Superstars – and what stays with us

A Christian Science perspective.

The unexpected death last week of Michael Jackson, an international pop superstar, prompted emotional responses from people around the world. Images of people lighting candles, crying, and standing outside famous musical venues, such as the Apollo Theater in New York City, to pay tribute, primarily showed how much people appreciated the entertainer's contribution to the music world.

It was a rough week for celebrity news; Jackson's death was preceded by intense coverage of actress Farrah Fawcett's passing after a long illness.

Despite his life being mired in controversies, and speculation about his oddities, Michael Jackson's music managed to connect people consistently on a global level. In fact, as a child, I can clearly remember roller-skating parties with my friends, while Michael Jackson's songs played over the loudspeakers. Current musical performers from all genres often speak about his influence on their work. Now people may be left thinking somehow that his musical "genius," his creative fire, has been abruptly taken away.

What can the spiritual thinker do to honor the lives of celebrities as people who have made creative contributions to society? Is there something substantial that these public figures leave behind that can't be taken away?

In considering such questions, what's helped me is first knowing that each individual, in the public spotlight or not, has a direct connection to God, who is Life. This is a unique relationship that's not on view for public consumption. And this relationship is safe, even now, continuing on in Life, even though we're not able to see the person anymore. His or her spiritual individuality can't be snuffed out by illness, scandal, even death. In a way, we have a lot in common. God doesn't tally how many albums someone sold, how many movies they starred in, or what scandals commanded magazine headlines. God continues to know who we really are - loved, protected, and always precious in His eyes.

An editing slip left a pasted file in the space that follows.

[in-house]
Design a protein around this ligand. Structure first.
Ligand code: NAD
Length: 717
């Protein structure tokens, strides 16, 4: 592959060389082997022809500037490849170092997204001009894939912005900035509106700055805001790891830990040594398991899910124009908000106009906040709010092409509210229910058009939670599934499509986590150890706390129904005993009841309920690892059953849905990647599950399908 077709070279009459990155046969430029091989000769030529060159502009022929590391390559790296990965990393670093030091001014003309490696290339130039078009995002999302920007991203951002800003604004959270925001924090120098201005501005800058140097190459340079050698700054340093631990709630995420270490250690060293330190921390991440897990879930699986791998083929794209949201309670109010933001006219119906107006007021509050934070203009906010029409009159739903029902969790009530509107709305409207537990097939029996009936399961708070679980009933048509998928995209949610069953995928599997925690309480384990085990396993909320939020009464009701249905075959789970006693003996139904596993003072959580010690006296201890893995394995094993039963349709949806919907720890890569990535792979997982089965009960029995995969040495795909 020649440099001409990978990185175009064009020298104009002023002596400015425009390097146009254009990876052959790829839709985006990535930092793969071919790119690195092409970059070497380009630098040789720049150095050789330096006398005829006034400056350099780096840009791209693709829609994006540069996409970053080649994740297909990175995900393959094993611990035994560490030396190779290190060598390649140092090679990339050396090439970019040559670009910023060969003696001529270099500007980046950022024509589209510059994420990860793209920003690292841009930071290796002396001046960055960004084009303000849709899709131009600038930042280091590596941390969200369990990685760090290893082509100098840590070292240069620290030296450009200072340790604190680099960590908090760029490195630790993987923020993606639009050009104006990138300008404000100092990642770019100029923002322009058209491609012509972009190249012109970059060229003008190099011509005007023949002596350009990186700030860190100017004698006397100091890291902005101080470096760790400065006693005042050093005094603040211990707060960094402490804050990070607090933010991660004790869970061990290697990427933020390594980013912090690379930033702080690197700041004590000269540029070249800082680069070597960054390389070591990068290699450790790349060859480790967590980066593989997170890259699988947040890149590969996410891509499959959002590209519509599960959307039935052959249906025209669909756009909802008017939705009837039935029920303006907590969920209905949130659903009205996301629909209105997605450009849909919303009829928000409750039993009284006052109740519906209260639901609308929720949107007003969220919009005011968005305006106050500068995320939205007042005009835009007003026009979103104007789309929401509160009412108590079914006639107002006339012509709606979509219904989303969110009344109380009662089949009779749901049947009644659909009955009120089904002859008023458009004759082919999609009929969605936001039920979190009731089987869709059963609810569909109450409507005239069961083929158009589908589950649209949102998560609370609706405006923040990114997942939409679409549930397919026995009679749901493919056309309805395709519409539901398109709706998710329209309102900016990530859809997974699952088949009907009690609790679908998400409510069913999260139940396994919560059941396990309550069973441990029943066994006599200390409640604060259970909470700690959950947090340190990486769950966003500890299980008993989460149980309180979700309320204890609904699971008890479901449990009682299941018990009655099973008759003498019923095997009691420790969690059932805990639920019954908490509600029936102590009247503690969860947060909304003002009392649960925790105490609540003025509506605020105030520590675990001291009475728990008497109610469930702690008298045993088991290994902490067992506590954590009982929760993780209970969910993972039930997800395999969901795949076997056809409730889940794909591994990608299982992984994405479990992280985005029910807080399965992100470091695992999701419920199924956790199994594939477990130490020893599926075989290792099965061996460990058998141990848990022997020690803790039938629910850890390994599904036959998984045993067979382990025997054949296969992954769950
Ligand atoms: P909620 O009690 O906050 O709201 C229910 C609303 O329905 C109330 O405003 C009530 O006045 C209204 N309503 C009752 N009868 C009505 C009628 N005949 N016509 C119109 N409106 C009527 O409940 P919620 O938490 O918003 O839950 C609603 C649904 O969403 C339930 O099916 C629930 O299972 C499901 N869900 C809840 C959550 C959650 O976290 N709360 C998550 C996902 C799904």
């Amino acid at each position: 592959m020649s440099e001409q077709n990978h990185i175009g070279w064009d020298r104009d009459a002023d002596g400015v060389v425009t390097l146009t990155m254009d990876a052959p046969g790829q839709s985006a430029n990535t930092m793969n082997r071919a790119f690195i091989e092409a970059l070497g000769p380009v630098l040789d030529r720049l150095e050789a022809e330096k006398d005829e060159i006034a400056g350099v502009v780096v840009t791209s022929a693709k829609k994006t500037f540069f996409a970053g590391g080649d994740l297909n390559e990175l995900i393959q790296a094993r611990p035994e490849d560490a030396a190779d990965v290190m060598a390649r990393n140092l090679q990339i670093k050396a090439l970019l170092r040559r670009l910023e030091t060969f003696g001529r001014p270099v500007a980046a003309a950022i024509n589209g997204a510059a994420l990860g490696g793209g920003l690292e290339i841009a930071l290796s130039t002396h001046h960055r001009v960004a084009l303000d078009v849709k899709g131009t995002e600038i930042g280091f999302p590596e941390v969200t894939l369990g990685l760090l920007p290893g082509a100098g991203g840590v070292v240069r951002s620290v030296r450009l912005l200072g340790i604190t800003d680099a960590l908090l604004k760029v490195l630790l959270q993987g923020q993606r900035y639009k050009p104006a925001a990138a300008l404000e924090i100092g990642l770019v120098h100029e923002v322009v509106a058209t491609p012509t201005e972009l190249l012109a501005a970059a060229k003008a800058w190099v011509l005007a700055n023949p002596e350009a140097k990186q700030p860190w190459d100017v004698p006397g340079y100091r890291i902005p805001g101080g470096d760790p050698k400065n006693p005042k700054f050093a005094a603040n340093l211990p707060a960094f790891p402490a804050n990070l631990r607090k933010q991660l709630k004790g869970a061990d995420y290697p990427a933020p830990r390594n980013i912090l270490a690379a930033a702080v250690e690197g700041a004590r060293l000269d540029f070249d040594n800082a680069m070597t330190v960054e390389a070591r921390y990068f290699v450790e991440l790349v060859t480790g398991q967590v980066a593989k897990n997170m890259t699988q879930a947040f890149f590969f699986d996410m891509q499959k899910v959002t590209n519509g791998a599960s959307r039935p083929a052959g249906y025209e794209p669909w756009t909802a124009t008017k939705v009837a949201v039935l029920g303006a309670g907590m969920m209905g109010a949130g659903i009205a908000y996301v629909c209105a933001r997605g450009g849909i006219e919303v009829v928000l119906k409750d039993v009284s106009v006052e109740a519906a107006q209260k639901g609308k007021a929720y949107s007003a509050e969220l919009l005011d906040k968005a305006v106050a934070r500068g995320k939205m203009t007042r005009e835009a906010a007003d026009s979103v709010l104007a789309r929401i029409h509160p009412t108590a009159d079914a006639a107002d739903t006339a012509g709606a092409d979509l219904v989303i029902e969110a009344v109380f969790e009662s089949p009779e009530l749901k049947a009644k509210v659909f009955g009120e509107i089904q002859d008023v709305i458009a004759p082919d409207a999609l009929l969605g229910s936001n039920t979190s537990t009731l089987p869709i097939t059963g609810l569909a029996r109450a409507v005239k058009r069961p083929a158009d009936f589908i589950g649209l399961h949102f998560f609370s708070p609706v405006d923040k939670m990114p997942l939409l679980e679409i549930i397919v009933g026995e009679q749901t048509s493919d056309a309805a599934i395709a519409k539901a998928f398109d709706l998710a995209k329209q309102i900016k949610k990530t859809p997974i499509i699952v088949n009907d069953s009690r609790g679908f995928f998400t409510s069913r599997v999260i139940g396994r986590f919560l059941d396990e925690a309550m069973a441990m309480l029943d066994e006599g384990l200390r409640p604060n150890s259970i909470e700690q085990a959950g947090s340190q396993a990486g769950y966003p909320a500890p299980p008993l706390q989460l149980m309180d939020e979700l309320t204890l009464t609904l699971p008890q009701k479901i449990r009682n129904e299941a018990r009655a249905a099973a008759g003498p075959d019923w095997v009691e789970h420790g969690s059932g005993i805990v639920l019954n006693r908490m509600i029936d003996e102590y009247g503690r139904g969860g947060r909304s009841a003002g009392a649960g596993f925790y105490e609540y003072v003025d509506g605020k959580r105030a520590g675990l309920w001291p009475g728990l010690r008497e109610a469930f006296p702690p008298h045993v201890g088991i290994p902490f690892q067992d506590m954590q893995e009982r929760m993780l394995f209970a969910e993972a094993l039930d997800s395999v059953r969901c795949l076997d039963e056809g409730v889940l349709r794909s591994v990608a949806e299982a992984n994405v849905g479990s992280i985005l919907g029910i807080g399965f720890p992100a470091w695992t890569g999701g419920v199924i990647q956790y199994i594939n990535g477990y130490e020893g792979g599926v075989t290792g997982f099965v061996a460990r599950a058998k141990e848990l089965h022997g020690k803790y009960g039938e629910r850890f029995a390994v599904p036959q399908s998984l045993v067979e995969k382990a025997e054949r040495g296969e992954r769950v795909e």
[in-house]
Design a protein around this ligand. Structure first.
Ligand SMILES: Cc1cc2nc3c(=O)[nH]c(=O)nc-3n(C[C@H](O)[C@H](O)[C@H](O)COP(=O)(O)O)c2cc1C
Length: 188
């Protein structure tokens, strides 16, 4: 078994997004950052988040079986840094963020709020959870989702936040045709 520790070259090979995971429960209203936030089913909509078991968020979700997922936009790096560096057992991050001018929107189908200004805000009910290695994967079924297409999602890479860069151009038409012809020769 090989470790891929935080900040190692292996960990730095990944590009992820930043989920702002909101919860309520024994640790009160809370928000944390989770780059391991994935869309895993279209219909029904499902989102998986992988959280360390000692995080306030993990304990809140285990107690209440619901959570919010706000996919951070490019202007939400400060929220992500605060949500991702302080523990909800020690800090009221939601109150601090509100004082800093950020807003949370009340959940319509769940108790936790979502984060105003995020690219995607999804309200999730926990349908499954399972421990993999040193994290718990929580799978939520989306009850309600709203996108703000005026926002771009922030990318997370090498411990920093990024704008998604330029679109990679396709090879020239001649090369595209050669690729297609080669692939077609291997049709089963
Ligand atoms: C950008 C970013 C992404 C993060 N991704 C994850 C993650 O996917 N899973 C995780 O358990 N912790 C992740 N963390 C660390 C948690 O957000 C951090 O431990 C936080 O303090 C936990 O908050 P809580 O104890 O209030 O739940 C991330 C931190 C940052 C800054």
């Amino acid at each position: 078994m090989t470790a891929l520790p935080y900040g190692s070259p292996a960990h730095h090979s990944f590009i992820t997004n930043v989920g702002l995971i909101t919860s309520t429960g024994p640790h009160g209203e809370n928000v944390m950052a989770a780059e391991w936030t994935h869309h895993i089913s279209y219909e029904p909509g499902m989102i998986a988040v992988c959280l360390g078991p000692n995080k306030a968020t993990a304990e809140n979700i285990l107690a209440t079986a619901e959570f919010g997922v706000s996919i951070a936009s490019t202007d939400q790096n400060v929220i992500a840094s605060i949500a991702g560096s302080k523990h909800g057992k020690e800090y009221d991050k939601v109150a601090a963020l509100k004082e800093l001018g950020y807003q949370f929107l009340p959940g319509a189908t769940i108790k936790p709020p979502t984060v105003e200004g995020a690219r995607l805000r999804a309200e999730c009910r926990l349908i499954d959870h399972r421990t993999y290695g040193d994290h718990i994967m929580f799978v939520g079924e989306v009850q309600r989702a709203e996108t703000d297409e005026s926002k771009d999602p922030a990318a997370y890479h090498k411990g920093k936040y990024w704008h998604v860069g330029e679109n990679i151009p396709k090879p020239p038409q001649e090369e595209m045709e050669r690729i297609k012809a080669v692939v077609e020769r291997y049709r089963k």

It's also helpful to see that the legacy of creativity and passion that talented stars expressed will always be here, because it is God-given. And divine Love is present. Love hasn't gone anywhere. A sentence from Mary Baker Eddy's writings adds perspective: "Man shines by borrowed light. He reflects God as his Mind, and this reflection is substance, – the substance of good" ("Retrospection and Introspection," p. 57). The soulful, God-derived qualities expressed in the lives of artists continue to resonate with each of us because we naturally love to celebrate good. That irresistible joy and artistic genius, which connects people on a global level, is actually an expression of God as Soul. In our remembrances, everything that does not match up with this view can be discarded, given up to make room for enriching memories.

But how can one address the "dark side" of human nature that sometimes tempts us to dig in and analyze the failings and psychological dramas of people who have passed? Public figures' idiosyncrasies become amplified as curiosity and wild speculation leave people feeling guilty about "peeking" into the hidden struggles of others. It helps to pray to see that darkness can never overshadow the substance of what these people strive to bring to the world. The outpouring of love that the public feels for an artist can sometimes seem like idol worship, but it's helpful to focus on how this outpouring speaks to our capacity to be motivated spiritually.

Today, I'm allowing my remembrances of the famous people who have recently passed on to be based on a more solid spiritual foundation. I'm knowing that they are moving forward with God, as well as appreciating the legacy they have left. What comes along with this is the freedom from voyeurism that suggests we just can't help but stare at any sort of ill-timed decline or demise.

In allowing myself to be free from all that mental junk, I'm finding it's possible to hold tightly to the innocence and wonder that suggests God is our common Parent and we've always been in this together. We never need be at a loss for the music of Soul. We never need to let sadness make us forget how special each person's footprint on Earth is.

Adapted from an article that appeared on

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